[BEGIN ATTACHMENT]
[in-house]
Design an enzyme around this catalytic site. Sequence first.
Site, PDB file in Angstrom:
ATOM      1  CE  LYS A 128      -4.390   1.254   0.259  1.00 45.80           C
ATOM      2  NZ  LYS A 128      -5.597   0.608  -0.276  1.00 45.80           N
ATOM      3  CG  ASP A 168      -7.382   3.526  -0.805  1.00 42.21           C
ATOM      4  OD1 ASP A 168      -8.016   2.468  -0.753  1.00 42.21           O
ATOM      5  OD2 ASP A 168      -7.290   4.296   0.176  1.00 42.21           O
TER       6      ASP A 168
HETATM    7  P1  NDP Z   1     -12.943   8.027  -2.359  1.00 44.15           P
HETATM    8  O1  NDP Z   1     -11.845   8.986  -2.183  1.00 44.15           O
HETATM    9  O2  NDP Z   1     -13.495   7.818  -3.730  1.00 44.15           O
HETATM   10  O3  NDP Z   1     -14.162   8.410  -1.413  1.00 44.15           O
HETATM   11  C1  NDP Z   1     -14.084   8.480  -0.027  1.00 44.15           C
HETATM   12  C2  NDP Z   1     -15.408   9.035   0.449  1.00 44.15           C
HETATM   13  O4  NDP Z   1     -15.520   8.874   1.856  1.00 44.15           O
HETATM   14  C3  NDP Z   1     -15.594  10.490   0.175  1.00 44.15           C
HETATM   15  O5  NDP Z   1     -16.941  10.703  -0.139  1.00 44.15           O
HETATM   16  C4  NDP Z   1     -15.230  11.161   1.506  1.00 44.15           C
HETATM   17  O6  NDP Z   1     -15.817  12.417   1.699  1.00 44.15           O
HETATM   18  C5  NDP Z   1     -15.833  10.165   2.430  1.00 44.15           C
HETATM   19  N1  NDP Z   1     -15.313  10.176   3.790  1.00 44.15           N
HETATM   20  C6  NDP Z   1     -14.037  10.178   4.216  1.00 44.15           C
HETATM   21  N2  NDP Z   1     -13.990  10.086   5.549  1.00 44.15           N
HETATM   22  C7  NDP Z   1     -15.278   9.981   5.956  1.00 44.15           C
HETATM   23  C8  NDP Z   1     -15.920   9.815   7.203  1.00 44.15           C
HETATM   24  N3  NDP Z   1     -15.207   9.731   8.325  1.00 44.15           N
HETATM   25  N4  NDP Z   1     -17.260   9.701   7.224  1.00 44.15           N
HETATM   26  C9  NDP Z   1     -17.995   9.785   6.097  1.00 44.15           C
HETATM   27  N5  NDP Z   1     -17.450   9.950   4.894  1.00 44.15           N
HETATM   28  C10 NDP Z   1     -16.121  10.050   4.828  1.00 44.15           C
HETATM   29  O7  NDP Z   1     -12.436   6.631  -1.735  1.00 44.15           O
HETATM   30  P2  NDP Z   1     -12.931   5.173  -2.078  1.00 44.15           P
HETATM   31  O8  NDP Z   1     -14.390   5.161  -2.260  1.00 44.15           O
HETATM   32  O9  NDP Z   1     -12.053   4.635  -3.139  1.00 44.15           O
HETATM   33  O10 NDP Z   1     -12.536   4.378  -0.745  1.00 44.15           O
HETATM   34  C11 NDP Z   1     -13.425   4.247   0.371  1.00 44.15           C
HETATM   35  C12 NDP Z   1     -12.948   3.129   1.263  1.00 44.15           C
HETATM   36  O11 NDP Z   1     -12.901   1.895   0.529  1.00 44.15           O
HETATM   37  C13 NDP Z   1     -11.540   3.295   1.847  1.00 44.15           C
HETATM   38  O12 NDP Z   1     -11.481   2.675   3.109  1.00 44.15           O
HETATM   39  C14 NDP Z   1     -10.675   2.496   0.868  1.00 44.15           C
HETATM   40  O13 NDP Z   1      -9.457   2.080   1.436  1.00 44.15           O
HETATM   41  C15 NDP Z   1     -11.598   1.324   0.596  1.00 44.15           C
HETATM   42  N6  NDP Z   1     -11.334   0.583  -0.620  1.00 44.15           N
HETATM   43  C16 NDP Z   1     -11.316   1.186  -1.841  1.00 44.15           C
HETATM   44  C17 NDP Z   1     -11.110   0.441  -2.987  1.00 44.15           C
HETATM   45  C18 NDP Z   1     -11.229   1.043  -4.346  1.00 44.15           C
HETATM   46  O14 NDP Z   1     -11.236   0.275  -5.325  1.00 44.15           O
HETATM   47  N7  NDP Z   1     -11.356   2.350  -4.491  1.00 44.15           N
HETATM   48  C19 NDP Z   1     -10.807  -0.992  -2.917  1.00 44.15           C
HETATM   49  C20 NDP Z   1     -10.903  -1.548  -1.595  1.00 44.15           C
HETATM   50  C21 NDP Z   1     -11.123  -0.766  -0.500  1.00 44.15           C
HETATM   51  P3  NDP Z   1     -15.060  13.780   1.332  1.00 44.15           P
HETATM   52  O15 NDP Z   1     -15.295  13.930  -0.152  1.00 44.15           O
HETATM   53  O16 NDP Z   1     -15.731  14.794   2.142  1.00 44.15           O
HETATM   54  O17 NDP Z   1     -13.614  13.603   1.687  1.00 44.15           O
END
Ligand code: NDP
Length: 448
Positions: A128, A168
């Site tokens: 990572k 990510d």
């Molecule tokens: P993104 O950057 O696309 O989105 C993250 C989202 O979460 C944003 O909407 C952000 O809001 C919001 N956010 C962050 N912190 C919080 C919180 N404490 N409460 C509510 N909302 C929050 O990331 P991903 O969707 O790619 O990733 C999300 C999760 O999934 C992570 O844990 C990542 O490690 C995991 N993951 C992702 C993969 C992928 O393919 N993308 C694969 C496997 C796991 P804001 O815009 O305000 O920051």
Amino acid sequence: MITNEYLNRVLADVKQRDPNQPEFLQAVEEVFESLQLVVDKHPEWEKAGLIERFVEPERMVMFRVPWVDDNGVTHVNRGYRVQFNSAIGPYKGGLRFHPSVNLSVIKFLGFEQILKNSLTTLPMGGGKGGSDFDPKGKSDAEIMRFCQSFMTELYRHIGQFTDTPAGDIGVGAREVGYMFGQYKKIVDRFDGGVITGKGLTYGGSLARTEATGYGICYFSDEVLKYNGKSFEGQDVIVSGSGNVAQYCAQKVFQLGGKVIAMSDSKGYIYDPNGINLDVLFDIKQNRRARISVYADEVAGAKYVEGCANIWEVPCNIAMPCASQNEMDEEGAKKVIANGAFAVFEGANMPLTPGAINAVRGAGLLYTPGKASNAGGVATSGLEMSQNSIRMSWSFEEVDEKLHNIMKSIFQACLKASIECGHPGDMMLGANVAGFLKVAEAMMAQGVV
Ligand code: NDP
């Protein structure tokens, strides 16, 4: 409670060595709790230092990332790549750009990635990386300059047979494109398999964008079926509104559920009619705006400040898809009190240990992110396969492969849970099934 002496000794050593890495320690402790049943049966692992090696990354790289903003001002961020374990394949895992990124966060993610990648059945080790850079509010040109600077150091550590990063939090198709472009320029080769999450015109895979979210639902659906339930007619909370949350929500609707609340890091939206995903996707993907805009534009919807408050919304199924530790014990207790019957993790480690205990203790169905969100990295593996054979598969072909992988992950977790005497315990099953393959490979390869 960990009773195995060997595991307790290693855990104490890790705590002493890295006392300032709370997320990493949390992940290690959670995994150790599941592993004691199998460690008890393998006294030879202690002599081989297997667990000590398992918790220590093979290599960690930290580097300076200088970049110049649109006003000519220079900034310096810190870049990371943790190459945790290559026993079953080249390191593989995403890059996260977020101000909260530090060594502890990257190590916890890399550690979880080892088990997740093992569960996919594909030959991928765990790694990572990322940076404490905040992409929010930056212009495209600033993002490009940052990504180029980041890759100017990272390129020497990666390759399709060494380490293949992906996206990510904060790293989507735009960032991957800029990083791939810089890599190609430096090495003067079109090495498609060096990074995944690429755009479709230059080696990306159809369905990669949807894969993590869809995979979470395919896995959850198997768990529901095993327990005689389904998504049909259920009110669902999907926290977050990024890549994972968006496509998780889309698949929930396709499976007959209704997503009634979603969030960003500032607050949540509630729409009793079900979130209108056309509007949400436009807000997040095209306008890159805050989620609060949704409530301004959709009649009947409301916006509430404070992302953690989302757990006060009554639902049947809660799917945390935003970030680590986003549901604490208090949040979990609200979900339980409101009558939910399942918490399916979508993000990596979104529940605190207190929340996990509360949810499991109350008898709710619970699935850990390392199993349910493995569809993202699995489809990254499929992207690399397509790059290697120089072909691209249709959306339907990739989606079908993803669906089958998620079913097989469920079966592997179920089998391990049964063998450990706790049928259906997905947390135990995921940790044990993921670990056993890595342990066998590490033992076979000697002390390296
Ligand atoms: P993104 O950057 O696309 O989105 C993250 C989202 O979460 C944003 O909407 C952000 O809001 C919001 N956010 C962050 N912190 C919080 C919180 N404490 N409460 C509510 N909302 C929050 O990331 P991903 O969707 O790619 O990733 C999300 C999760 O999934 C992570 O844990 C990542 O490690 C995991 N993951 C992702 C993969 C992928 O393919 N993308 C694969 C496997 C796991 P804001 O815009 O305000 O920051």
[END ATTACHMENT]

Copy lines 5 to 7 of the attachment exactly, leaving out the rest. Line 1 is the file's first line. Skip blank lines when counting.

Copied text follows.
ATOM      2  NZ  LYS A 128      -5.597   0.608  -0.276  1.00 45.80           N
ATOM      3  CG  ASP A 168      -7.382   3.526  -0.805  1.00 42.21           C
ATOM      4  OD1 ASP A 168      -8.016   2.468  -0.753  1.00 42.21           O